Your vision, mission and values help secure like-minded candidates too. They should be front and center in your employee value proposition and translate into a candidate’s onboarding experience. Create space and time to build that sense of connection with coffee talks and informal sessions. Don’t always be on transmit. Create joint committees and engagement surveys where new joiners can feel they are active contributors to your purpose.

Right people, right roles

What employers think of as performance, employees think of as achievement. Being sure you have the right people in the right roles is important for performance. For employees’ own sense of achievement, you need to agree how their direct and intangible contributions are measured. What does the role demand? Distinguish between your must-haves and nice-to-haves. Dialogue and flexibility go a long way to employees feeling they fit: in the role, in your company.

At the candidate stage, failing to accurately assess job fit is setting the stage for a quiet quit. Beyond your checklist of skills, strengths and traits, it’s crucial to ask the questions that reveal a candidate’s own expectations of the role.

  • What sort of environment do you need to thrive?
  • What do you look for in a leader's style?
  • What is important to you in your new role?

The answers to these questions will give you valuable insights into a candidates' fit with a role, the team, and your culture.

Clarity on expectations

Making sure employees understand the expectations of their role is Management 101. Allow them a voice in assessing how reasonable those expectations are, and you move beyond the basics of leadership.

It is important to distinguish between genuine employee burnout and a simple unwillingness to go above and beyond. Be clear which is which. Open a dialogue with talent suffering under excessive workloads. Top talent will often continue to contribute if they feel they are heard, valued and supported. Together, you can explore the boundaries that will help them reestablish a healthy work-life balance.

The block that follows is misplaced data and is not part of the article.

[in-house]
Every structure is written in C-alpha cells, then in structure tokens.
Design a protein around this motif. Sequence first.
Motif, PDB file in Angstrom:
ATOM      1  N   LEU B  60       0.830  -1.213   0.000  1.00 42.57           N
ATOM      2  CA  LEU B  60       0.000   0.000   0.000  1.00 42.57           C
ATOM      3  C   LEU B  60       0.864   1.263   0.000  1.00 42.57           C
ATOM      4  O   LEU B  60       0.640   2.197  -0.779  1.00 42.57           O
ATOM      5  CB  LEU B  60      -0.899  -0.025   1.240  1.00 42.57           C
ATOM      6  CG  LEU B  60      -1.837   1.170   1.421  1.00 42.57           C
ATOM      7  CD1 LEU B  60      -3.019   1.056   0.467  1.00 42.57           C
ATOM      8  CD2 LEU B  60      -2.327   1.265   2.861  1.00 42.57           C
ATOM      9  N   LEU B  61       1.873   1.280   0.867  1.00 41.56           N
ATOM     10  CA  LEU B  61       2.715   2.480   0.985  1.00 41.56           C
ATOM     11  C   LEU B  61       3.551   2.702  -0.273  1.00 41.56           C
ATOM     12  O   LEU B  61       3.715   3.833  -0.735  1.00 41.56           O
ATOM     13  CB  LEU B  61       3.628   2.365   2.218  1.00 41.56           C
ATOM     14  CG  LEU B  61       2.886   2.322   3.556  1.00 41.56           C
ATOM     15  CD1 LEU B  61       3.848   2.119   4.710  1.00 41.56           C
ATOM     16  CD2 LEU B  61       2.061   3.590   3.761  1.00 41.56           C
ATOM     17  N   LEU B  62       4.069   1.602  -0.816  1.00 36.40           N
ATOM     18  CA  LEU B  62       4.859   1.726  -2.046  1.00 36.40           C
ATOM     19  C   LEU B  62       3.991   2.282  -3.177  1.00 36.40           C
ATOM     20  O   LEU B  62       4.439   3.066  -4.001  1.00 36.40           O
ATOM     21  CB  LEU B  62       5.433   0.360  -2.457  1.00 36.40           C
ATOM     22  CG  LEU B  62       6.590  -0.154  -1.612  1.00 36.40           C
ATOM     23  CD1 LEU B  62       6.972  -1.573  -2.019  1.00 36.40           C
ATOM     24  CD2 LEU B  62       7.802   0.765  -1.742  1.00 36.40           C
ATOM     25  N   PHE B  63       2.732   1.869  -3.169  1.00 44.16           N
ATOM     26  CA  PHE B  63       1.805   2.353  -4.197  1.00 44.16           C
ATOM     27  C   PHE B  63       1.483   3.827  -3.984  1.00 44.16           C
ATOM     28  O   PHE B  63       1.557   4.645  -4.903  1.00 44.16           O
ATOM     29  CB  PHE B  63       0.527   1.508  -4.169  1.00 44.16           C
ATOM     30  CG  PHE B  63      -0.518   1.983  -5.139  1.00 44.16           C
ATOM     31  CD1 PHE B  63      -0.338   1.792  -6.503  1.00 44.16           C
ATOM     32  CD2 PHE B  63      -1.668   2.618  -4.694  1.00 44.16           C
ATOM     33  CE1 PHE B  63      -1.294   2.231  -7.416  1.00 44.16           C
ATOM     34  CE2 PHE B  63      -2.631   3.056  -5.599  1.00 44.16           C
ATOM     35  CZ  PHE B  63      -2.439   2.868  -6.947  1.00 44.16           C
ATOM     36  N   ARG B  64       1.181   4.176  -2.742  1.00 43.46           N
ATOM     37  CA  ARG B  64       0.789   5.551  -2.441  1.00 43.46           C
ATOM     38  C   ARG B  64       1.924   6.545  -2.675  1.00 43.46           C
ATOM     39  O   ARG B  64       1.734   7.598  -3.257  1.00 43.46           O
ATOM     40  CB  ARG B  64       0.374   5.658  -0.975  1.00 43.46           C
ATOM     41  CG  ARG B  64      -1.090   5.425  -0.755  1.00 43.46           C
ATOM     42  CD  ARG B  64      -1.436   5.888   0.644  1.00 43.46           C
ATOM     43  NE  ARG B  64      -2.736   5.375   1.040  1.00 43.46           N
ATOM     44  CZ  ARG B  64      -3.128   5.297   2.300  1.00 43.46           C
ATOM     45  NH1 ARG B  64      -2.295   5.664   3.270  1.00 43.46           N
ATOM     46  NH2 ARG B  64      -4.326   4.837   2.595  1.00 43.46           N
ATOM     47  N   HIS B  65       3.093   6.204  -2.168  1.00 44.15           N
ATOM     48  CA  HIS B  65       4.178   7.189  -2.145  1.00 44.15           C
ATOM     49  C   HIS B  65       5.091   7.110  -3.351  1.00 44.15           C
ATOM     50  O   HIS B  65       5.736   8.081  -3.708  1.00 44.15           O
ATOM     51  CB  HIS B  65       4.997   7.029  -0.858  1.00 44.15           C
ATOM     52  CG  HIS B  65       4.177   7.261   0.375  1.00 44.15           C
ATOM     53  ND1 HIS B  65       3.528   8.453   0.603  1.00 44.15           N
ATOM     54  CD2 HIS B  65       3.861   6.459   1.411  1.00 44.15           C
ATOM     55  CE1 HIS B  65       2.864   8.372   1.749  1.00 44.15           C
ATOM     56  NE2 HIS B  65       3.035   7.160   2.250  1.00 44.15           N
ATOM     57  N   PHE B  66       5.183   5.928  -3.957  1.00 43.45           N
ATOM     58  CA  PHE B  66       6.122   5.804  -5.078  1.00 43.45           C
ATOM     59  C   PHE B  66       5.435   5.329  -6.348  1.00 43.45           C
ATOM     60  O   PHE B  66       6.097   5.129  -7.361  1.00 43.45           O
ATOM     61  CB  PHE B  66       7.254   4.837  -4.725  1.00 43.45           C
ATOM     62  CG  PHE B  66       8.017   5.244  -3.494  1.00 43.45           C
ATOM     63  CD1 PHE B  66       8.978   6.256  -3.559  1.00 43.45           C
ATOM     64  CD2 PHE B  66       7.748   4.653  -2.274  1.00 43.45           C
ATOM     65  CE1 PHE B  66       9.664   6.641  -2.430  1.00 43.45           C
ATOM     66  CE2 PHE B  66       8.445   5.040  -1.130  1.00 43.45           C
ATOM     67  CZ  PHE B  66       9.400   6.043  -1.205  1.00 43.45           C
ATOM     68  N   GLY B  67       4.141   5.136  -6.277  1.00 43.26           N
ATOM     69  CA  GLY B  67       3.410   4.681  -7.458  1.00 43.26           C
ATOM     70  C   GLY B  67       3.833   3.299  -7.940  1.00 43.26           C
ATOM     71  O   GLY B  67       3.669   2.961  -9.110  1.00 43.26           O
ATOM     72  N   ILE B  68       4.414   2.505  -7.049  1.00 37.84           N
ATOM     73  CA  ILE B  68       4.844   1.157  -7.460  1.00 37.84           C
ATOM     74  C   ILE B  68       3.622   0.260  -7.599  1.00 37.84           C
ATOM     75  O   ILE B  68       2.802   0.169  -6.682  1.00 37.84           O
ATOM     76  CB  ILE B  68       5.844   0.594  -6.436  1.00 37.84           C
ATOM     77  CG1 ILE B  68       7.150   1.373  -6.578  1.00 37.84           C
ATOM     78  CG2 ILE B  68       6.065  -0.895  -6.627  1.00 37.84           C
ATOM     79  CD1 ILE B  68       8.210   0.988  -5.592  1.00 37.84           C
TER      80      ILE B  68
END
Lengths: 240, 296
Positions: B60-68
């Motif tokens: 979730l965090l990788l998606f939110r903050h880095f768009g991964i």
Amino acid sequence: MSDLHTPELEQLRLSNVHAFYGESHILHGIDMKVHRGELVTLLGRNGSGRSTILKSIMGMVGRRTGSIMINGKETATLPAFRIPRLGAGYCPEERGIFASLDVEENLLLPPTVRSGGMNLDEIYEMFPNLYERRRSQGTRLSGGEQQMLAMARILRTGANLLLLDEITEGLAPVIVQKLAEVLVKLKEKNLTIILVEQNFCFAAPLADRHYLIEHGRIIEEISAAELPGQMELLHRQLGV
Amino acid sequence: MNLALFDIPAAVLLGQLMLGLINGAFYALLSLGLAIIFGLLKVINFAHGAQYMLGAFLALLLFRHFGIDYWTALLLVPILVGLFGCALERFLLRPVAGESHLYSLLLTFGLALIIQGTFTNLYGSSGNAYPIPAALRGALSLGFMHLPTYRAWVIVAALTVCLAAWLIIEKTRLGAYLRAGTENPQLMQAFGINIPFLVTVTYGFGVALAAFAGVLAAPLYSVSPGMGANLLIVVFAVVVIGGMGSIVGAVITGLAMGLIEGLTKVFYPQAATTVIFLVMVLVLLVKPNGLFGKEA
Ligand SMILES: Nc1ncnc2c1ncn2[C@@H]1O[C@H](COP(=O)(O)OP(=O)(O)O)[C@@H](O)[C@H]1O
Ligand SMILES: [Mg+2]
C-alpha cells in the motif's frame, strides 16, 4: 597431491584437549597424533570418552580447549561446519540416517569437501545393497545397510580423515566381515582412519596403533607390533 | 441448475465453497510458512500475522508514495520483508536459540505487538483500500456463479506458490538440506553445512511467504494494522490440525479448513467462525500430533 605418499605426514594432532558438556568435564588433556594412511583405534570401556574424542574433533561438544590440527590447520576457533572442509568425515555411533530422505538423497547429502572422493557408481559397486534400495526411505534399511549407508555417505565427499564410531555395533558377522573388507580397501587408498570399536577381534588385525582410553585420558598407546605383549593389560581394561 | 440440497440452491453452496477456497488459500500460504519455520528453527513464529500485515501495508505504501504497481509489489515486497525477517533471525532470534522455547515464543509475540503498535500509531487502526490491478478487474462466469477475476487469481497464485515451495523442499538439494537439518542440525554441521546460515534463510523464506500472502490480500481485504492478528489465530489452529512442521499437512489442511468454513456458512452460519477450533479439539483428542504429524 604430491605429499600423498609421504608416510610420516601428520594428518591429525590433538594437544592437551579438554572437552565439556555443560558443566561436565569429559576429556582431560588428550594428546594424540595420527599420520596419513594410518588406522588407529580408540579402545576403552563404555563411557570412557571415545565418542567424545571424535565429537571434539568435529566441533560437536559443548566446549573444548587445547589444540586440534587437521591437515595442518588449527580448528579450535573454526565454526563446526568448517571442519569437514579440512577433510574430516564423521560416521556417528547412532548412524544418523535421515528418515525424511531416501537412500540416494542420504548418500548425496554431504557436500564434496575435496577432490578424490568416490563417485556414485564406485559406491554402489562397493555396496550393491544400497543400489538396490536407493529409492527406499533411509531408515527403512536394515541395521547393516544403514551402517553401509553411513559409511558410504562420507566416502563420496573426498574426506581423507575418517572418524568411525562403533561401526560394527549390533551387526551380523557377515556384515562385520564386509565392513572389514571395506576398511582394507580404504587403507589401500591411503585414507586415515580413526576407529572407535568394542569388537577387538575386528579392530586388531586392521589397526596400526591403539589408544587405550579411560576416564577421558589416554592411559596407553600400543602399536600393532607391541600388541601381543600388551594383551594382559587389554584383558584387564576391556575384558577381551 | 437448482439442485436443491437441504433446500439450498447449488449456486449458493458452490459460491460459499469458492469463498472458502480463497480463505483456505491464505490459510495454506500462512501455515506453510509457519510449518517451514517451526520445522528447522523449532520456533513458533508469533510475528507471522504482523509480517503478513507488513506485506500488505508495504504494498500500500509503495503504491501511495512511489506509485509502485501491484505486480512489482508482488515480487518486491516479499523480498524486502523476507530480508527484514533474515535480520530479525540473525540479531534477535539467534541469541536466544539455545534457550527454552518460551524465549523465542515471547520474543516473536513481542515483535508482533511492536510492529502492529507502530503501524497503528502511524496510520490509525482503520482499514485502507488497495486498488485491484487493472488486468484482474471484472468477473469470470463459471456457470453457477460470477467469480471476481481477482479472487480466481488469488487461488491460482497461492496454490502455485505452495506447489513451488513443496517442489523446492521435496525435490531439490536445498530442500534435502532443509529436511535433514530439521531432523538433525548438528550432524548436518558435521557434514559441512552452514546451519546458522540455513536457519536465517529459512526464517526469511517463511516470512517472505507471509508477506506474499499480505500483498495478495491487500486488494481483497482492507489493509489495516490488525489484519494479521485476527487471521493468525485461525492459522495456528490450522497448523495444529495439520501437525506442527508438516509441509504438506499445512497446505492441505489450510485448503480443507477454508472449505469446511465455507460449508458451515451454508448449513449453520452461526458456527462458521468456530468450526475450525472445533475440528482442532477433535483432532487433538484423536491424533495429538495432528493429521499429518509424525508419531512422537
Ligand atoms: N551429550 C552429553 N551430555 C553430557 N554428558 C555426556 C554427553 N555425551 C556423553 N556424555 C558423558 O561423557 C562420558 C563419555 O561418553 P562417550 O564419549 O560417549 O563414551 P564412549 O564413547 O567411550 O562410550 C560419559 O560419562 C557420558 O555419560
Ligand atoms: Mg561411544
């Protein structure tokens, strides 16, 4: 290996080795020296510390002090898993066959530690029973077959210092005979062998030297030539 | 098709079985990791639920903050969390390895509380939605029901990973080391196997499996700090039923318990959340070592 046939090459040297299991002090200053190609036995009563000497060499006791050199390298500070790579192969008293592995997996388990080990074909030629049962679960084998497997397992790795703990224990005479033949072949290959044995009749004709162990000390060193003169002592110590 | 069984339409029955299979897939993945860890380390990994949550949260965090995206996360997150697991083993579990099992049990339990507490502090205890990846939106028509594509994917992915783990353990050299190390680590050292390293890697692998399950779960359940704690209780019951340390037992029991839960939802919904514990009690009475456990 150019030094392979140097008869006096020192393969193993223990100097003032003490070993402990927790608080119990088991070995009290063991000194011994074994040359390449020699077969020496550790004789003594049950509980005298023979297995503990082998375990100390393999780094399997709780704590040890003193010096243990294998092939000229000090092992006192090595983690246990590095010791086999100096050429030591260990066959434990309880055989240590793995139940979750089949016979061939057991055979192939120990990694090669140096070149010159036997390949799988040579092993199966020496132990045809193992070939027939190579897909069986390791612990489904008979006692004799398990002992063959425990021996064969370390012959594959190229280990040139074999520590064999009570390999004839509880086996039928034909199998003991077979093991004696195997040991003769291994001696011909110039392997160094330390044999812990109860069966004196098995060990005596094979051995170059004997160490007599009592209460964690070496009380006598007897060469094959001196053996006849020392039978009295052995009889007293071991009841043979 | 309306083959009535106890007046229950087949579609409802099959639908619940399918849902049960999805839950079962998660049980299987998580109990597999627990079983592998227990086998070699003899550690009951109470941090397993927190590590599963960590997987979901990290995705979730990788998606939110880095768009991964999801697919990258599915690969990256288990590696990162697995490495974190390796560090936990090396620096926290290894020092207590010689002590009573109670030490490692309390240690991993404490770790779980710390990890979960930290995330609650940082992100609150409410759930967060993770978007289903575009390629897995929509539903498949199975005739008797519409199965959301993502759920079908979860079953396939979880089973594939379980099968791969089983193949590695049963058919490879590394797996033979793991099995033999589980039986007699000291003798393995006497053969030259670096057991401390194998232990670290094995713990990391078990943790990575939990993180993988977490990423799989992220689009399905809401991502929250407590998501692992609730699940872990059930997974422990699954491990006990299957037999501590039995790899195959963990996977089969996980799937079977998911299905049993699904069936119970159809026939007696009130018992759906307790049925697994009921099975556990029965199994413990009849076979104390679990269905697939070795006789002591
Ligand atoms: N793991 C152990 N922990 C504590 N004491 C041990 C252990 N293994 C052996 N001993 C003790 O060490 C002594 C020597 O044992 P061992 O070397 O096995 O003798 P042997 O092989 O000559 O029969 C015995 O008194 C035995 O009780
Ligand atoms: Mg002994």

For candidates, each stage of the recruitment process is an opportunity to be clear about tasks and responsibilities. To meet with future co-workers. To discuss and agree measures of success. To articulate culture. Those conversations are a chance to address flexibility within your framework and set clear expectations that carry through from day one.

Time to reset

"Quiet quitting" seemingly raged out of nowhere. It has left leaders asking "How did we get here?" and "How do we fix this?" The answers are in the causes, not symptoms, and demand some meaningful reflection on how we have ended up here.

Increasing competition over the last few decades has driven organizations to demand more from employees. Added discretionary effort has become the norm. The bar is raised each year. But is it reasonable? Is it even healthy? Quiet quitting is proof it can be self-defeating. It is certainly unsustainable.

Companies need to reset their expectations. To be more understanding and realistic. Leaders must learn to heed the signs of quiet quitting and work with their employees to rediscover a sense of balance. And above all, they must acknowledge that a renewed, genuine and individual focus on well-being is what will unlock a successful future for both employees and their organizations.

Fiona Doyle

Connect with Fiona on LinkedIn.